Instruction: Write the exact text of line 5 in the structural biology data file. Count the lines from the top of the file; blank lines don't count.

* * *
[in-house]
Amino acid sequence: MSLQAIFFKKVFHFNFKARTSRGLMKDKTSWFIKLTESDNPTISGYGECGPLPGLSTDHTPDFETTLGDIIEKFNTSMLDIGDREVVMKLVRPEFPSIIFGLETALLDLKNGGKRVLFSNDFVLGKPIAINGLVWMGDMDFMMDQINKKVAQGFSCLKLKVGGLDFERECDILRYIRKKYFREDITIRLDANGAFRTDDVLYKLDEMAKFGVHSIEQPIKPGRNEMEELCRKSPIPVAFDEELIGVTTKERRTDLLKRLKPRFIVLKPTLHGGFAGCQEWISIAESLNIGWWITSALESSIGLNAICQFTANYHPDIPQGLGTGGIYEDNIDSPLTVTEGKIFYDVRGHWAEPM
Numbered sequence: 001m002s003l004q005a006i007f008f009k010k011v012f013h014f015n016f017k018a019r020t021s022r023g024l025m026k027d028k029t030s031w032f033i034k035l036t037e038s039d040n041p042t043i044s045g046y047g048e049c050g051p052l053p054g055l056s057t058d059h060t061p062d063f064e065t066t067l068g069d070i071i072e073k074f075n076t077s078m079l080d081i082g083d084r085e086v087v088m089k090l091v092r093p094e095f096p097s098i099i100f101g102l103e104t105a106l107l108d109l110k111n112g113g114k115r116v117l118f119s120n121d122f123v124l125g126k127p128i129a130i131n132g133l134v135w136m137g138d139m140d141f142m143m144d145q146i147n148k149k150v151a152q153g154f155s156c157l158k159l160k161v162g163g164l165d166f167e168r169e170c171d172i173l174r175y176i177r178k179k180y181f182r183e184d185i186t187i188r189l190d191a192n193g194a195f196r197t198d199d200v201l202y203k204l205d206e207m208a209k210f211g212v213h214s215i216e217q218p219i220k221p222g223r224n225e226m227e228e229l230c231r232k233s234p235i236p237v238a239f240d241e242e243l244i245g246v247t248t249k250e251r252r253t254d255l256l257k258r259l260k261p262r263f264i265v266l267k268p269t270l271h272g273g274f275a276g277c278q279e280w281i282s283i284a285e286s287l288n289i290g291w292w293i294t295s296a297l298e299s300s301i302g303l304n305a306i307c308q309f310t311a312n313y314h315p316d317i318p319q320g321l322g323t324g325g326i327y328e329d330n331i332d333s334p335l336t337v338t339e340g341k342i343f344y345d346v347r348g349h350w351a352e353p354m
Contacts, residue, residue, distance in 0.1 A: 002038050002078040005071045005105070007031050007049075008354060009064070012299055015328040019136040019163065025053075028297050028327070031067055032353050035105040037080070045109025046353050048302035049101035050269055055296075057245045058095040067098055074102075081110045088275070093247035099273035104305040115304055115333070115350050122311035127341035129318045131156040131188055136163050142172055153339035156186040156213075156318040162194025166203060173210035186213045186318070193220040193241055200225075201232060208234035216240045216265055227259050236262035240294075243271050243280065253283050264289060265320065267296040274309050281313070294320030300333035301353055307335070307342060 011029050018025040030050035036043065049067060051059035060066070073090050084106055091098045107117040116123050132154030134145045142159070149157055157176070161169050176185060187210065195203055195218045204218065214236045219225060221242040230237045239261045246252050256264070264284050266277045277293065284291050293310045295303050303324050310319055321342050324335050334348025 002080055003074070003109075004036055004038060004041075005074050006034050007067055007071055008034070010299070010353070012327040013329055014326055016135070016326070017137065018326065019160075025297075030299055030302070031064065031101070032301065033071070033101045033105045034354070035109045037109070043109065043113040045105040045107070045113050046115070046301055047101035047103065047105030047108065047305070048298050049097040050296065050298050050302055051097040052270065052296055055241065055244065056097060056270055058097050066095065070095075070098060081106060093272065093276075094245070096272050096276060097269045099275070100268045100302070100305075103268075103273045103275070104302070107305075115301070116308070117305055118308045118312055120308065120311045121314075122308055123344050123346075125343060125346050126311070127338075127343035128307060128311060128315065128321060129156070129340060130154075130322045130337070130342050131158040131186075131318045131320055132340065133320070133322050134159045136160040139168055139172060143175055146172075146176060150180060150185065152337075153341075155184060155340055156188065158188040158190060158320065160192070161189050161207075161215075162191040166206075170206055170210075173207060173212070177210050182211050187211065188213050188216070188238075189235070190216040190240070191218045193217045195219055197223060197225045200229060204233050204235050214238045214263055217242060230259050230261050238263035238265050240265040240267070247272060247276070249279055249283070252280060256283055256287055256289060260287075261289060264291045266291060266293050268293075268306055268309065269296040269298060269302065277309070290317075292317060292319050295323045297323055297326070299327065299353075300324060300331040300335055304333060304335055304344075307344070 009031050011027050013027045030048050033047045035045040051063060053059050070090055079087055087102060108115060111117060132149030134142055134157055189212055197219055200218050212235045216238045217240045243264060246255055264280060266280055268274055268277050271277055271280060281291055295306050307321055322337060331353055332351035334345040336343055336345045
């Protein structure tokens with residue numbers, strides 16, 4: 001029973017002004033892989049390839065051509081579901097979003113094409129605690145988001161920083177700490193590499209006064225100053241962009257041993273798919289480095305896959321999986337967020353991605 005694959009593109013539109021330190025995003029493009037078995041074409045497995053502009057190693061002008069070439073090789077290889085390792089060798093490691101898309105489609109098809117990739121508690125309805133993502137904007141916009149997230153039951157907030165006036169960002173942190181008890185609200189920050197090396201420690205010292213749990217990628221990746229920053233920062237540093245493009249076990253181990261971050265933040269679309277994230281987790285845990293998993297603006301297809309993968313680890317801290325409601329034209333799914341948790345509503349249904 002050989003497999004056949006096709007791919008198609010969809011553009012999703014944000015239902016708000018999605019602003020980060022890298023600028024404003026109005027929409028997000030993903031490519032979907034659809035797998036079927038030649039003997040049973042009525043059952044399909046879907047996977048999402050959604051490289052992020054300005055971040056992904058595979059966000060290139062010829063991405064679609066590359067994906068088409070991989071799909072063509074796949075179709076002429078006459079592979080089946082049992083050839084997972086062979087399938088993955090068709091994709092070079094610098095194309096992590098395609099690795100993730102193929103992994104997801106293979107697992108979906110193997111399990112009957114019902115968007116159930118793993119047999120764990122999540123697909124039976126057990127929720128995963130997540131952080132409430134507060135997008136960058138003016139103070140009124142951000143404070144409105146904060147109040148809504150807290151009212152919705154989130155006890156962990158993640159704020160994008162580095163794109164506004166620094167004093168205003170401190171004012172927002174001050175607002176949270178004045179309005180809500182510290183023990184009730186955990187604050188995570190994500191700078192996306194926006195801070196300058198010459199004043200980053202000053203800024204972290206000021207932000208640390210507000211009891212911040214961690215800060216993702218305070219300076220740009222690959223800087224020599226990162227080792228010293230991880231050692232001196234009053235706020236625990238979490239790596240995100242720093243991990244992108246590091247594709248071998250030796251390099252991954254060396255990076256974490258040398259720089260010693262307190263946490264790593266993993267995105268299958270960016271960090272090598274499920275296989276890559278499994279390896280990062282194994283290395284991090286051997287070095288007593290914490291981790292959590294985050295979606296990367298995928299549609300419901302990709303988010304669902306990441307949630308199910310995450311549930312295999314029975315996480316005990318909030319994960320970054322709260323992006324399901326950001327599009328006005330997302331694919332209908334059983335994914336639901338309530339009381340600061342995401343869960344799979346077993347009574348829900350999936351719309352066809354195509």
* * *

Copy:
């Protein structure tokens with residue numbers, strides 16, 4: 001029973017002004033892989049390839065051509081579901097979003113094409129605690145988001161920083177700490193590499209006064225100053241962009257041993273798919289480095305896959321999986337967020353991605 005694959009593109013539109021330190025995003029493009037078995041074409045497995053502009057190693061002008069070439073090789077290889085390792089060798093490691101898309105489609109098809117990739121508690125309805133993502137904007141916009149997230153039951157907030165006036169960002173942190181008890185609200189920050197090396201420690205010292213749990217990628221990746229920053233920062237540093245493009249076990253181990261971050265933040269679309277994230281987790285845990293998993297603006301297809309993968313680890317801290325409601329034209333799914341948790345509503349249904 002050989003497999004056949006096709007791919008198609010969809011553009012999703014944000015239902016708000018999605019602003020980060022890298023600028024404003026109005027929409028997000030993903031490519032979907034659809035797998036079927038030649039003997040049973042009525043059952044399909046879907047996977048999402050959604051490289052992020054300005055971040056992904058595979059966000060290139062010829063991405064679609066590359067994906068088409070991989071799909072063509074796949075179709076002429078006459079592979080089946082049992083050839084997972086062979087399938088993955090068709091994709092070079094610098095194309096992590098395609099690795100993730102193929103992994104997801106293979107697992108979906110193997111399990112009957114019902115968007116159930118793993119047999120764990122999540123697909124039976126057990127929720128995963130997540131952080132409430134507060135997008136960058138003016139103070140009124142951000143404070144409105146904060147109040148809504150807290151009212152919705154989130155006890156962990158993640159704020160994008162580095163794109164506004166620094167004093168205003170401190171004012172927002174001050175607002176949270178004045179309005180809500182510290183023990184009730186955990187604050188995570190994500191700078192996306194926006195801070196300058198010459199004043200980053202000053203800024204972290206000021207932000208640390210507000211009891212911040214961690215800060216993702218305070219300076220740009222690959223800087224020599226990162227080792228010293230991880231050692232001196234009053235706020236625990238979490239790596240995100242720093243991990244992108246590091247594709248071998250030796251390099252991954254060396255990076256974490258040398259720089260010693262307190263946490264790593266993993267995105268299958270960016271960090272090598274499920275296989276890559278499994279390896280990062282194994283290395284991090286051997287070095288007593290914490291981790292959590294985050295979606296990367298995928299549609300419901302990709303988010304669902306990441307949630308199910310995450311549930312295999314029975315996480316005990318909030319994960320970054322709260323992006324399901326950001327599009328006005330997302331694919332209908334059983335994914336639901338309530339009381340600061342995401343869960344799979346077993347009574348829900350999936351719309352066809354195509």